If you've been waiting for a great Game of Thrones game, your prayers to the Old Gods have been answered. The first episode of Telltale Games' six-episode Game of Thrones series is a fantastic start, delivering all the political intrigue, bloody battles and gut-wrenching moments you've come to expect from George R.R. Martin's books and HBO's hit show.

Speaking of HBO, Telltale's Game of Thrones is very much entrenched in the happenings of the series. This isn't a completely isolated side story. It even begins with the now iconic Game of Thrones intro sequence, complete with a brand new location where much of the game takes place sprouting out of the map -- the northern stronghold of Ironrath. The game begins at the end of season three and moves into the events of season four, with later episodes building up towards the season five premiere. Telltale assumes you are up to date. Characters like Cersei and Ramsay Snow will mean very little to players jumping in only having seen the first two seasons, not to mention the number of spoilers that will be revealed to those who have yet to finish season 4.

That's not to say there aren't new characters. There are in fact plenty of them in episode one, titled "Iron from Ice." Many of them also have (in true Game of Thrones fashion) surprisingly short life spans. The story revolves around the family members and loyal followers of House Forrester, an obscure house taken from the pages of Martin's work. House Forrester is sworn to House Stark and have long supplied the north with a special, and very precious, resource --ironwood, a special type of wood that is more resilient, near immune to fire and grows only in groves on House Forrester lands. If you know anything about Game of Thrones, you likely know that House Stark quickly falls out of favor with the King in the early seasons of the show, and that puts House Forrester, and their ironwood, in an extremely dangerous situation.

It is around this precious resource that the story revolves as players take on the role of three members of House Forrester. The first is Gared Tuttle. His father, Duncan Tuttle, is castellan of Ironwrath, and Gared serves as the squire to Lord Forrester. Another, Ethan Forrester, is Lord Forrester's second son, who must learn to rule in his father's absence. The third takes players to King's Landing, where Mira Forrester serves as handmaiden to Margaery Tyrell. Like the books and the show, Telltale's game jumps between point-of-view characters and even helps players by displaying their name, location and title for a moment upon swapping perspectives.

It is in King's Landing where players will rub elbows with most of the characters from the show, who lend both their likeness and voices to the game for an authentic Game of Thrones experience. Peter Dinklage as Tyrion steals the show as usual, with his brief but memorable appearance in the episode, showing that Dinklage can in fact do voiceover work. In a game so heavily dialogue based, one poorly chosen voice actor would do much to bring down the title's enjoyment. Thankfully that isn't the case -- each member of the cast, from the show or not, turns in some great work, with Ramsay Snow's actor Iwan Rheon knocking it out of the park in particular.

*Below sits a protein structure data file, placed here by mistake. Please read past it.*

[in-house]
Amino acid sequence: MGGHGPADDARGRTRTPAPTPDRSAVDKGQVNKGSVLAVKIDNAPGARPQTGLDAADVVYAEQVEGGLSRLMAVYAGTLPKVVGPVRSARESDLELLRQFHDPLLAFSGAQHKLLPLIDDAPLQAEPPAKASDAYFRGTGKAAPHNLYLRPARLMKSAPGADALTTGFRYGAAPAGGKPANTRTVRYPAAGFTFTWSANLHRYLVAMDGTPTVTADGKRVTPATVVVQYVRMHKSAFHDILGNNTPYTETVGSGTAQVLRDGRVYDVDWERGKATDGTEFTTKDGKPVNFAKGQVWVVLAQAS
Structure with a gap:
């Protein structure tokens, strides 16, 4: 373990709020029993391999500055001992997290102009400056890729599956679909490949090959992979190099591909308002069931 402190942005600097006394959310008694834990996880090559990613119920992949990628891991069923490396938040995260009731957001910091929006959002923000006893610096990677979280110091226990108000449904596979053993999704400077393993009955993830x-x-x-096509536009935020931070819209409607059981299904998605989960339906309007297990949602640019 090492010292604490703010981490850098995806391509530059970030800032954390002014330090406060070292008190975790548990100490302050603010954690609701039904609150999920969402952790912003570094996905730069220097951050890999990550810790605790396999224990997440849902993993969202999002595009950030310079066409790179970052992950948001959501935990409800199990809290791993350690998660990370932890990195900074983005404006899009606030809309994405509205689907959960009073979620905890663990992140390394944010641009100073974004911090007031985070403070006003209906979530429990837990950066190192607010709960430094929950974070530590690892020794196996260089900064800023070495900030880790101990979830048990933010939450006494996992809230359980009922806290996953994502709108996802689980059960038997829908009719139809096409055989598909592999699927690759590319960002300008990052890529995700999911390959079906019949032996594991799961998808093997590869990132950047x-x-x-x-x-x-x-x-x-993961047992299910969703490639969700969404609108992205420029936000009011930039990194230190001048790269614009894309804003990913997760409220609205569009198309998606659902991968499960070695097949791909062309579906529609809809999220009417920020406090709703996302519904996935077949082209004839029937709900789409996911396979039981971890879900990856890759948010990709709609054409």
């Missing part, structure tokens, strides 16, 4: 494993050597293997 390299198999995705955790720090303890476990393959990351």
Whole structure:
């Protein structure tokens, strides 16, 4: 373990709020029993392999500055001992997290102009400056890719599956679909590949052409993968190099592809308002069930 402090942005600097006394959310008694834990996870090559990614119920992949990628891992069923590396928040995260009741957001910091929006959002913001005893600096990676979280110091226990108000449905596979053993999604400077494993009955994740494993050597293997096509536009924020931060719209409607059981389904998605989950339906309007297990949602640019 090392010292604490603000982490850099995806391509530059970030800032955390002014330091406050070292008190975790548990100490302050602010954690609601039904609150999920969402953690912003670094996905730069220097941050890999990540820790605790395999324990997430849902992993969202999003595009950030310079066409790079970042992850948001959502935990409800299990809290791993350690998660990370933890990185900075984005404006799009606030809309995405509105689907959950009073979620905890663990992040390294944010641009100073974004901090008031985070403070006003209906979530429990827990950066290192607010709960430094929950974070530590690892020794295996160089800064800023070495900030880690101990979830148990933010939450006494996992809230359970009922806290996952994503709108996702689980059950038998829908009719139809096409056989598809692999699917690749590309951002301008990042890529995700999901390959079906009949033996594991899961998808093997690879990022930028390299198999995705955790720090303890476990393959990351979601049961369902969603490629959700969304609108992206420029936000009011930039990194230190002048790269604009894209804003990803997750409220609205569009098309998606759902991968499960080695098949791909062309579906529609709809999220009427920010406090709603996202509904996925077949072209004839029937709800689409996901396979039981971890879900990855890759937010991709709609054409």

But this wouldn't be Game of Thrones without shady dealings, political maneuvering and often shocking violence, and it is here where Telltale's game truly embodies the spirit of the show and the books. Telltale's formula is a perfect fit for the Game of Thrones universe, and rest assured this is a Telltale adventure title through and through. Players explore environments, interact with characters and when things get heated, occasionally perform quick time events to do battle and escape danger. It's also filled with the difficult and stressful decisions you've come to expect from Telltale. It's hard not to shake the feeling that every choice you make is going to lead to absolute ruin for House Forrester. That is, however, part of the fun.

While some choices will no doubt have ripple effects down the line, one pivotal moment towards the end of "Iron From Ice" feels a bit like cop-out. A sudden turn of momentum in the final moments of the episode actually caused me to turn off the game and reload it in order to achieve a different outcome. I played my cards wrong, I thought, and I didn't want to carry on with the results of my actions. Much to my dismay, the events that unfold cannot be undone. Nothing you say or do seems to have any effect on the final moment that serves as the cliffhanger of episode one. It's a little disappointing, but there is no denying the "set in stone" moment packs a powerful punch (I literally jumped in my seat). It would be a shame if some players were to miss it.

Visually the game adopts a stylized, oil-painting aesthetic that is easy on the eyes and still provides plenty of detail. In my roughly two and a half hour play-through of the episode (with six episodes, the full game should clock in anywhere between 12-16 hours) I did encounter a number of technical hiccups, where occasionally a character's mouth wouldn't move while speaking or dialogue would be repeated. These minor problems do little to diminish the overall quality of the game, but are definitely noticeable. Game of Thrones music composer Ramin Djawadi has his music used to good effect here, but there is plenty of original music mixed in that fits perfectly in place.

Game of Thrones fans have long been waiting for a game that would do George R.R. Martin's epic fantasy saga justice. Telltale with this first episode has proven more than up to the task. When you play the Game of Thrones you win or you die, and with Telltale at the helm, it makes for one deadly game indeed.











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